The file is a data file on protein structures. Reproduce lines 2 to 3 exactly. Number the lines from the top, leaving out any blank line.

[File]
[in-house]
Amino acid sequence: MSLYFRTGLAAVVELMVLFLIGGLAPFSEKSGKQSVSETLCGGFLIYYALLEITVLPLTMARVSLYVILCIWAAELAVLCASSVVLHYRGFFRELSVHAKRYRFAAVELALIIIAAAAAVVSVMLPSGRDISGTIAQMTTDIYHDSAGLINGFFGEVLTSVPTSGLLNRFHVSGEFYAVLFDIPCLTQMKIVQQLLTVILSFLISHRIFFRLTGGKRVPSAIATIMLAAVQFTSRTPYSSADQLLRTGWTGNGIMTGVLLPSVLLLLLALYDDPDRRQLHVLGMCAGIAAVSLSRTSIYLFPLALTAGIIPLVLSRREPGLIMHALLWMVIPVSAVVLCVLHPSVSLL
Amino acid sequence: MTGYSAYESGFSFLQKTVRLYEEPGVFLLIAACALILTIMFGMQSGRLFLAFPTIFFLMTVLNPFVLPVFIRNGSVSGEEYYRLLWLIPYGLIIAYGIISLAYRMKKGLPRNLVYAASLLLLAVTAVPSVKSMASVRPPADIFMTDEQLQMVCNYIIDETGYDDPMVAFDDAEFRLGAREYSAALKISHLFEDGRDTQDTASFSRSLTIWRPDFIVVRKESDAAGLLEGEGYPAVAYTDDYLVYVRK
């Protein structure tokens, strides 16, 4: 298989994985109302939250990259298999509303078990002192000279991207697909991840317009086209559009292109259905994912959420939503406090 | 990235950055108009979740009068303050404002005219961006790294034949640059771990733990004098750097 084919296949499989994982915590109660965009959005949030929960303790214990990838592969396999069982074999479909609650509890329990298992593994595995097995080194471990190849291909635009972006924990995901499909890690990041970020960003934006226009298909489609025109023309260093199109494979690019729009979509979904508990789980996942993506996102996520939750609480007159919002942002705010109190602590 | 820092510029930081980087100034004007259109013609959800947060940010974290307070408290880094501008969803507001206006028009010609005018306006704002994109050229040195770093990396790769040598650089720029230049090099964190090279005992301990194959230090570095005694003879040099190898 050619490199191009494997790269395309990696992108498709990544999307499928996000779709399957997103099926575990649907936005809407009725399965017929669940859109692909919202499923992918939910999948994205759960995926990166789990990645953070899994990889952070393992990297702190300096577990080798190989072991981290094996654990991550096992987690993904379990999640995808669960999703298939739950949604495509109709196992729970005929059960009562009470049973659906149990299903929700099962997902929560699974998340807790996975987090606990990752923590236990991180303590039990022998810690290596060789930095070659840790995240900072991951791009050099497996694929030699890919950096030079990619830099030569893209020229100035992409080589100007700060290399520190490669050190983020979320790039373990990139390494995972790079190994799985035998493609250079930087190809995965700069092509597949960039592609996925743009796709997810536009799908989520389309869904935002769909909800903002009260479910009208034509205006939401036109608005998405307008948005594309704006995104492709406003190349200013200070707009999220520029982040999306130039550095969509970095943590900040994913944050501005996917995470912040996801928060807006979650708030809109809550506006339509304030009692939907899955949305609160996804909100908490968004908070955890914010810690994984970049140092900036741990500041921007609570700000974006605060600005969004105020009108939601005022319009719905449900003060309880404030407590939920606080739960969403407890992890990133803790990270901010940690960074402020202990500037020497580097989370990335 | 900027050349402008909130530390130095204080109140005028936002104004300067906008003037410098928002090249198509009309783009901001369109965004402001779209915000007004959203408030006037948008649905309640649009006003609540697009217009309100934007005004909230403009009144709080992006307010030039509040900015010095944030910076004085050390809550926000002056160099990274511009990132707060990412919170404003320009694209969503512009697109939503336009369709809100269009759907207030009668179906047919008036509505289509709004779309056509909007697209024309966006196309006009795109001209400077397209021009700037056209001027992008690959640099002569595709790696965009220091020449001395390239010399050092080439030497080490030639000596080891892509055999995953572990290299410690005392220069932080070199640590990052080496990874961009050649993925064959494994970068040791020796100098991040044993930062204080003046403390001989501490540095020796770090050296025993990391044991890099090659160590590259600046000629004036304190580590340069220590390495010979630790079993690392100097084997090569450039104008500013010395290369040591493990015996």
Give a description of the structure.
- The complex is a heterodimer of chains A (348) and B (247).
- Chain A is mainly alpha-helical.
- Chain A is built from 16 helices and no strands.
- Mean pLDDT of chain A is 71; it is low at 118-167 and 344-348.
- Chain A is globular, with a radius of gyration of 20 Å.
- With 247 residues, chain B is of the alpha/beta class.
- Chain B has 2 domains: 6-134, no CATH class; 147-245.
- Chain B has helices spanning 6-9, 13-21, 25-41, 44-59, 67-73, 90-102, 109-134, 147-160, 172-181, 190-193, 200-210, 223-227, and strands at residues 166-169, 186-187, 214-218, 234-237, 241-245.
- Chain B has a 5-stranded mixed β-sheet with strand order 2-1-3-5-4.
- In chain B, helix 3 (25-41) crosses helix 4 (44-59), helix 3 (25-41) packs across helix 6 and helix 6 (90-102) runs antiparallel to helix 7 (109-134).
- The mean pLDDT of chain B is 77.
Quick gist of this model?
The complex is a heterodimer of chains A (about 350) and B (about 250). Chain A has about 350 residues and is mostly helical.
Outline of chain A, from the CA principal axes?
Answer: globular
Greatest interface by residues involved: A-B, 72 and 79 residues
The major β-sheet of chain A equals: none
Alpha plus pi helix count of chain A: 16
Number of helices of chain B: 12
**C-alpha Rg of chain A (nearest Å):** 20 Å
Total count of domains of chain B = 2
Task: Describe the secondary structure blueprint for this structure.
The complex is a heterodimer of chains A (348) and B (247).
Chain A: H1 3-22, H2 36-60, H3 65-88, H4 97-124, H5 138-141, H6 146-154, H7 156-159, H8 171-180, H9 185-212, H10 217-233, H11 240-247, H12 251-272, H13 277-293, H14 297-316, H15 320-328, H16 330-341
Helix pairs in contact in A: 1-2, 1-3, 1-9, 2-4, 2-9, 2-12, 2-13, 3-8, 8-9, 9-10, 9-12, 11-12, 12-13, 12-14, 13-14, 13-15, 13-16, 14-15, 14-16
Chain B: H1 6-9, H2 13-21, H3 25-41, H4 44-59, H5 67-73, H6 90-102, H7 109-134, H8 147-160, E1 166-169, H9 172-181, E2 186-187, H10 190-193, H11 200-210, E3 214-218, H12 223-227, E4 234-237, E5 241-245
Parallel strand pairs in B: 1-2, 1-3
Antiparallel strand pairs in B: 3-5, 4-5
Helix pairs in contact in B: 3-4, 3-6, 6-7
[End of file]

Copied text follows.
Amino acid sequence: MSLYFRTGLAAVVELMVLFLIGGLAPFSEKSGKQSVSETLCGGFLIYYALLEITVLPLTMARVSLYVILCIWAAELAVLCASSVVLHYRGFFRELSVHAKRYRFAAVELALIIIAAAAAVVSVMLPSGRDISGTIAQMTTDIYHDSAGLINGFFGEVLTSVPTSGLLNRFHVSGEFYAVLFDIPCLTQMKIVQQLLTVILSFLISHRIFFRLTGGKRVPSAIATIMLAAVQFTSRTPYSSADQLLRTGWTGNGIMTGVLLPSVLLLLLALYDDPDRRQLHVLGMCAGIAAVSLSRTSIYLFPLALTAGIIPLVLSRREPGLIMHALLWMVIPVSAVVLCVLHPSVSLL
Amino acid sequence: MTGYSAYESGFSFLQKTVRLYEEPGVFLLIAACALILTIMFGMQSGRLFLAFPTIFFLMTVLNPFVLPVFIRNGSVSGEEYYRLLWLIPYGLIIAYGIISLAYRMKKGLPRNLVYAASLLLLAVTAVPSVKSMASVRPPADIFMTDEQLQMVCNYIIDETGYDDPMVAFDDAEFRLGAREYSAALKISHLFEDGRDTQDTASFSRSLTIWRPDFIVVRKESDAAGLLEGEGYPAVAYTDDYLVYVRK